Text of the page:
When you are not connected to LiquidVPN but still want a measure of privacy online there are a couple of things you can do. The most well-known ways to enhance your privacy is incognito mode (which isn’t as private as you might think), installing browser plugins like Ghostery or using a specialized tool like Tor. However, changing your DNS server(s) is another way to cover your tracks. The only publically available zero log option for DNS was OpenNIC, but now DNS Watch aims to change that.
What is DNS?
Designed by Paul Mockapetris in 1983, the domain name system (DNS) is a naming system for any resource connected to a public or private network. It is hierarchical and decentralized in nature, and provides a way to translate human-friendly website names, such as www.liquidvpn.com, into their actual Internet address, called an IP (Internet Protocol) address. In this case, our website’s IP address is 22.214.171.124. This translation is called DNS name resolution.
When you are trying to reach a website, other computers and servers connected to the internet are responsible for routing your request throughout the network. A domain name server manages the database that maps domain names to IP addresses, similar to a phone book.
You can use the IP address to reach LiquidVPN, but it is hard to remember IP addresses, which is why domain names are so useful. Additionally, a web site’s IP address can change over time. Some websites have multiple IP addresses that all route to their domain name but the domain name itself never changes.
Many companies like Google and OpenDNS provide ways for people to use their DNS servers. Depending on how you feel about Google, you may or may not be comfortable with using Google’s public DNS since they already know so much about you. By using their DNS servers, Google can potentially know exactly which websites you visit on the web.
Google’s privacy page for their public DNS says that they delete temporary DNS logs after 24 hours, and have a specific policy for permanent records. For more information click here.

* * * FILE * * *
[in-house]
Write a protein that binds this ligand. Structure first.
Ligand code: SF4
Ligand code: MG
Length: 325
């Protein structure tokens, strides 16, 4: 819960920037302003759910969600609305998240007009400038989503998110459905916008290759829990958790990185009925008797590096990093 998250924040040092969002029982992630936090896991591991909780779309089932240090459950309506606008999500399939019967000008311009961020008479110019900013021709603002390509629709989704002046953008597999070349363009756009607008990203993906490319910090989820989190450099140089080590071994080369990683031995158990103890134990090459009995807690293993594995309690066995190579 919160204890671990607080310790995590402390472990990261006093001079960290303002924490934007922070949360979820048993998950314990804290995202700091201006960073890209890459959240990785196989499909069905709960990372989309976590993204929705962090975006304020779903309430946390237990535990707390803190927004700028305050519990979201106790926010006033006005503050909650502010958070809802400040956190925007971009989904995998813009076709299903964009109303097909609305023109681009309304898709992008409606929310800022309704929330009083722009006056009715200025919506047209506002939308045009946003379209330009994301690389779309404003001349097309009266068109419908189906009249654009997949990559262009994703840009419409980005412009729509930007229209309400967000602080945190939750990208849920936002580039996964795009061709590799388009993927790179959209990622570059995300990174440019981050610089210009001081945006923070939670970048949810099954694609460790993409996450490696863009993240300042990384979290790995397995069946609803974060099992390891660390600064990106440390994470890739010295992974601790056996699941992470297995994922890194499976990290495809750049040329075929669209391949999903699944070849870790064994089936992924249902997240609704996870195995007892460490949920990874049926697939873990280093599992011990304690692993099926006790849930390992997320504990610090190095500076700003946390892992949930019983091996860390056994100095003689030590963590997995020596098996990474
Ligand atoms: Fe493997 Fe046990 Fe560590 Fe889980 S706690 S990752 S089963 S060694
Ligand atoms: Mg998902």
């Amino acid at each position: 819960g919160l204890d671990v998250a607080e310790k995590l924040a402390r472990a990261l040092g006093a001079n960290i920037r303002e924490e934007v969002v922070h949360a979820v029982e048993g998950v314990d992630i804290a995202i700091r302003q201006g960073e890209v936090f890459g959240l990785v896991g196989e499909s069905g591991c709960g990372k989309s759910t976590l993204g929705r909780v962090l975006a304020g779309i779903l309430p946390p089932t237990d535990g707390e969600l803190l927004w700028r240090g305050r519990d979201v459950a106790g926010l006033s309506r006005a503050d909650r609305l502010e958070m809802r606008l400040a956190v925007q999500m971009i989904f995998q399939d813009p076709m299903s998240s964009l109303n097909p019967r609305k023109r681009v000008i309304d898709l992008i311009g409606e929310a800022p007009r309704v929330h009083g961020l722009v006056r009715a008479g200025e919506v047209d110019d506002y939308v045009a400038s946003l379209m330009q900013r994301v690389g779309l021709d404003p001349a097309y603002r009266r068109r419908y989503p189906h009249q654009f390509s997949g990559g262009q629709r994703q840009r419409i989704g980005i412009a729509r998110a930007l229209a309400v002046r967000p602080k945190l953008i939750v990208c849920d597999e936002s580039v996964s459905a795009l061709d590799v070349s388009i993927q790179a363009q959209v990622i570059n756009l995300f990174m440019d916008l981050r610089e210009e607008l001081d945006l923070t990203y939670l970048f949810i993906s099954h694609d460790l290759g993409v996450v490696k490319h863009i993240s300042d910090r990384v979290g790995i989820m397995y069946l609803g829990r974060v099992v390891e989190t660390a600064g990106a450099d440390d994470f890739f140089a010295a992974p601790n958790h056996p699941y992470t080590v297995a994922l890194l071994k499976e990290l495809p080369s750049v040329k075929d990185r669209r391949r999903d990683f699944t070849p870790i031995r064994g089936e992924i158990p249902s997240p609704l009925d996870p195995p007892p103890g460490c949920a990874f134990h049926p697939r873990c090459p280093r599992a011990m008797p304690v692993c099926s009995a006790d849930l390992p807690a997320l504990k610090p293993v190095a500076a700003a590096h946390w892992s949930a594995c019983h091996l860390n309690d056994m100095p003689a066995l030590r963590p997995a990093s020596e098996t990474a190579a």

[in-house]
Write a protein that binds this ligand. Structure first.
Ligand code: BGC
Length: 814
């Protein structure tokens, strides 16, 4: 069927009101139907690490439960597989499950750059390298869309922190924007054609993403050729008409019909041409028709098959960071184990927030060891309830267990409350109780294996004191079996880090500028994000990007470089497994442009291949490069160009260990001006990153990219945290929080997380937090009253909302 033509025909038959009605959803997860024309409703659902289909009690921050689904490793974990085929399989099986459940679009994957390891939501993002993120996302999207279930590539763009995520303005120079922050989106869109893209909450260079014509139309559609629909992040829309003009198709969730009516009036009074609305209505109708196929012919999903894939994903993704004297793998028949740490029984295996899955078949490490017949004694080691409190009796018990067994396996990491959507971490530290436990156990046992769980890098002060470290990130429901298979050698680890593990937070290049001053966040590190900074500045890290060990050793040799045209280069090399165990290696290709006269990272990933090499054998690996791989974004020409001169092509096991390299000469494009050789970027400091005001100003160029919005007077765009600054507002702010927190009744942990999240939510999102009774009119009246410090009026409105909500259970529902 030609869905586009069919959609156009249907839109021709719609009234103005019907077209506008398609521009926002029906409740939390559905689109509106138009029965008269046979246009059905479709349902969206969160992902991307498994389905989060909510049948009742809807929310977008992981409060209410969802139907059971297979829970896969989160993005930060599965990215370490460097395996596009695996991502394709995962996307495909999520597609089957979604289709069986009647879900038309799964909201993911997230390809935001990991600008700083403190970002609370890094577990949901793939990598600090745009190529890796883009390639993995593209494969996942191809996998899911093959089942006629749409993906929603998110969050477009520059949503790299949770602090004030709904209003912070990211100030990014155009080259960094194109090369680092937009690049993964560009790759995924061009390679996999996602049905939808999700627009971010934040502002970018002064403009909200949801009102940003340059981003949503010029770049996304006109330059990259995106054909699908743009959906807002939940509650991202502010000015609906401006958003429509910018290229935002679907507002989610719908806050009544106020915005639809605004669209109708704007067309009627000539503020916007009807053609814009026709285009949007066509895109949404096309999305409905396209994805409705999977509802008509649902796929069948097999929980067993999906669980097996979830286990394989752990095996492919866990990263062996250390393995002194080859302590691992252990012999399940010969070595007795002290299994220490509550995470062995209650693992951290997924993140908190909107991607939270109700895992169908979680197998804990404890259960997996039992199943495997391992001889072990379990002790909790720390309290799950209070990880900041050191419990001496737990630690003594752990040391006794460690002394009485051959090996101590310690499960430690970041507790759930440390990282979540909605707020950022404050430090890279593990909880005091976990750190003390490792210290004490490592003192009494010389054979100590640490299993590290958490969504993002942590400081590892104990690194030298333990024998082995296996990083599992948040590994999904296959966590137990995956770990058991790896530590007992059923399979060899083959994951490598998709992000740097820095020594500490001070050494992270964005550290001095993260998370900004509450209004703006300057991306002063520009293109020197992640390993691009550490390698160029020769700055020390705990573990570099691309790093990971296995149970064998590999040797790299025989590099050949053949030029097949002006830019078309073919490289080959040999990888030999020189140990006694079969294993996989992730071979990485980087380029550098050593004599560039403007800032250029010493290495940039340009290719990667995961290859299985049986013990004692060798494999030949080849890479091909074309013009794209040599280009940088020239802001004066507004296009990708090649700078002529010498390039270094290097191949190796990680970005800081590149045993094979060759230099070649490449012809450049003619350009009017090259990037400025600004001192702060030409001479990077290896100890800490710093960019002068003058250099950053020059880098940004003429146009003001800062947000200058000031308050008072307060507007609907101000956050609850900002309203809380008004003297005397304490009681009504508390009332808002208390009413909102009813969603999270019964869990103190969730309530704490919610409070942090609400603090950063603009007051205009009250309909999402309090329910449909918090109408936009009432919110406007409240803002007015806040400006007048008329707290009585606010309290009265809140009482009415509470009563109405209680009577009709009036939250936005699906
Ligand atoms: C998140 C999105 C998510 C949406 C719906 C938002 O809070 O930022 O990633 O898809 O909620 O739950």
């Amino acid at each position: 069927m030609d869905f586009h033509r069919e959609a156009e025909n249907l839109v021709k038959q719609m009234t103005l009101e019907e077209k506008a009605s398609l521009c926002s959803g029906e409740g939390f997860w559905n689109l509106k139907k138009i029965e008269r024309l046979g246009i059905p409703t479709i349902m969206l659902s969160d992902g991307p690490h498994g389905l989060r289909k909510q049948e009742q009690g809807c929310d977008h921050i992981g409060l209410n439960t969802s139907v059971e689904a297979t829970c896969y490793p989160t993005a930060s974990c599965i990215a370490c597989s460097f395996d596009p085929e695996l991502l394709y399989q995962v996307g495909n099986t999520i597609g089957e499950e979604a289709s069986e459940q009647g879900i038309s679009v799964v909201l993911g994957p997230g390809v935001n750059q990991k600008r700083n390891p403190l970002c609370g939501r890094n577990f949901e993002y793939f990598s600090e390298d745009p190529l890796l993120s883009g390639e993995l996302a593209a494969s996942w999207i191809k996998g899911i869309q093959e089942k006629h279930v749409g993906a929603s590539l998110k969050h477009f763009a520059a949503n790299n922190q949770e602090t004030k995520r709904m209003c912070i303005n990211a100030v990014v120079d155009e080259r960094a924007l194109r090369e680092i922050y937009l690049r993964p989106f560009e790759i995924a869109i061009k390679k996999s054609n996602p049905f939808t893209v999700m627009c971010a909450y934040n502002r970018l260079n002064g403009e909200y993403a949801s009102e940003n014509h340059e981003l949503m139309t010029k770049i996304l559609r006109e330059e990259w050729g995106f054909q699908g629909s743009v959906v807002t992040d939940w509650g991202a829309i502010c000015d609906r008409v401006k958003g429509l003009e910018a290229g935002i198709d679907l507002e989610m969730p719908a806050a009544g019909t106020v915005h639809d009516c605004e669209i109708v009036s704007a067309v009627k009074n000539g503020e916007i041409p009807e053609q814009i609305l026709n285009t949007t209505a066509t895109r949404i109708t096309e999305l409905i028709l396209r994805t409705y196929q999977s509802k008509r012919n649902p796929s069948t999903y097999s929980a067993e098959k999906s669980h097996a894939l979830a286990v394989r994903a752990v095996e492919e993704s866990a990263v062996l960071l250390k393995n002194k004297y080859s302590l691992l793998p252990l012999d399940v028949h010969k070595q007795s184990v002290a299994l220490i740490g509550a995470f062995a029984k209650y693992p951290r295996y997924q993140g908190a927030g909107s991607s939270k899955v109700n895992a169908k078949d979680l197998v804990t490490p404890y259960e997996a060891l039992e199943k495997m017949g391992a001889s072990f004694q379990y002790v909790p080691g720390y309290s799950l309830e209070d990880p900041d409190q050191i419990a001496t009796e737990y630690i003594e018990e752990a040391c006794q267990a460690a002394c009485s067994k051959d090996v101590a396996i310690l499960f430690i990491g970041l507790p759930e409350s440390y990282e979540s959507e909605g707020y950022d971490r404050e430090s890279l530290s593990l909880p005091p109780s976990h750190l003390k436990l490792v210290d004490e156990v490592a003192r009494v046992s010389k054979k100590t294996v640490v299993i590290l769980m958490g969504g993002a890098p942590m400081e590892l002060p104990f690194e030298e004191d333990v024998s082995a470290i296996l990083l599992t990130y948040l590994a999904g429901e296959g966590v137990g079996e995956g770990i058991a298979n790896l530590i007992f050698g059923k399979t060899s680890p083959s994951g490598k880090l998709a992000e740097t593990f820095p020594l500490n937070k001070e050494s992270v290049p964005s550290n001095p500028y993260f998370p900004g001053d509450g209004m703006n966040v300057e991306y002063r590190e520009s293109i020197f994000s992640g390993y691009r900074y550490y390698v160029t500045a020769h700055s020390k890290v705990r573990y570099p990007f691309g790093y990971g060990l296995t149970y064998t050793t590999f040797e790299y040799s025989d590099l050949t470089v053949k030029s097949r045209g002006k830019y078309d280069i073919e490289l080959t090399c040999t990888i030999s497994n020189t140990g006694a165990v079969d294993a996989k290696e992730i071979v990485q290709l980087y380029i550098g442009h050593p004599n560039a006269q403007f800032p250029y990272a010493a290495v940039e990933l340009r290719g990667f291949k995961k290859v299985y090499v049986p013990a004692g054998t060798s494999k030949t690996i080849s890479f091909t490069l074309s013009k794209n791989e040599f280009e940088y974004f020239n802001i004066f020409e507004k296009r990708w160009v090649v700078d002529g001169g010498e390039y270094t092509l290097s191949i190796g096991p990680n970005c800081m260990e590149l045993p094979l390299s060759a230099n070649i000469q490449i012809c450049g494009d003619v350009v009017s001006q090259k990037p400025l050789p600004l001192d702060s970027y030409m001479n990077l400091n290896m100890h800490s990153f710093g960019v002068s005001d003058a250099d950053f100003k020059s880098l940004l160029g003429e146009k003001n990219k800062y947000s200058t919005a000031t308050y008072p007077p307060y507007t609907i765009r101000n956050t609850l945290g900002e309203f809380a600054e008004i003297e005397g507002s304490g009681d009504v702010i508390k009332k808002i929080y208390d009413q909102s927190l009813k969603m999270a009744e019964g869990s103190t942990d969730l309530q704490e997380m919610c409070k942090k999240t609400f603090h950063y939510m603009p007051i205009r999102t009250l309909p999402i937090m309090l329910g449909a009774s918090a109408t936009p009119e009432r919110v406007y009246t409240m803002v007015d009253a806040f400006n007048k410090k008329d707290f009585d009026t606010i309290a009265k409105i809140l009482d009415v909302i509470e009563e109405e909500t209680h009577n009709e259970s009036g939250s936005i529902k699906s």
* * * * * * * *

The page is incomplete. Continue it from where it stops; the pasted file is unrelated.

DNS Watch is different in that it does not keep any logs of what you do on the web, and offers a fast, censorship-free service by providing their DNS resolvers free of charge.
- DNS Neutrality: No matter which website you want to visit, DNS Watch does not censor the internet or slow your speeds. DNS Watch provides the same browsing speed for every person and every website.
- Fast & Reliable: They promise 24x7x365 DNS Service monitoring. If problems occur, they are there to resolve them immediately.
- No ISP DNS Hijacking: Have you ever visited a page that doesn’t exist, and you get automatically get redirected to a “search” page filled with ads? Your ISP does this on purpose, and it is called DNS hijacking. Using DNS Watch means that instead of getting redirected, you will simply see a “page not found” error.
- Privacy Protection: All of the company’s resolvers are set never to log queries. Also, they do not sell your data or show you ads.
- Small is Better: Security through obscurity – since DNS Watch is a smaller company, they are less of a target for malicious hackers or governments.
How To Set It Up
It does not matter what operating system you have – everyone can use DNS Watch.
Step 1: Open network config settings by pressing the Window key + R to open Run. Type in ncpa.cpl and click OK.
Step 2: In the Network Connections window, right-click on your active network connection and select Properties.
Step 2a: In the Connection Properties window, select IPv4, then click Properties.
In IPv4 Properties, select “Use the following DNS server” and enter the Preferred and Alternate IPv4 DNS server:
- Preferred: 126.96.36.199
- Alternate: 188.8.131.52
Click OK to confirm.
Step 2b: Go back to Connection Properties, and repeat the previous step, but this time you will be changing the servers for IPv6.
In IPv6 Properties, select “Use the following DNS server” and enter the Preferred and Alternate IPv6 DNS server:
- Preferred: 2001:1608:10:25::1c04:b12f
- Alternate: 2001:1608:10:25::9249:d69b
Click OK to confirm, then close the Connection Properties window.
Step Three: Verify that it worked by going to the Network Connections window once again. Right click on the active network connection and select Status.
In the Connection Status window, click Details. You should see that the DNS servers are used.
DNS resolvers on macOS are set per network, which means that if your MacBook uses both ethernet and Wi-Fi, you’ll need to perform this twice.
Step One: Open System Preferences and click on Network.
Step 2: Go to the DNS server settings by clicking on Wi-Fi (WLAN) in the sidebar, then click Advanced.
Step 3: Click on the DNS tab and remove any previous DNS server entries by clicking on each number and hitting the minus button on the bottom. Now enter each of these DNS server addresses in order:
- First entry: 184.108.40.206
- Second entry: 220.127.116.11
- Third entry: 2001:1608:10:25::1c04:b12f
- Fourth entry: 2001:1608:10:25::9249:d69b
Confirm that it works by opening Safari and typing in any website. After it loads, click on a bookmark that you may have, or create a new bookmark.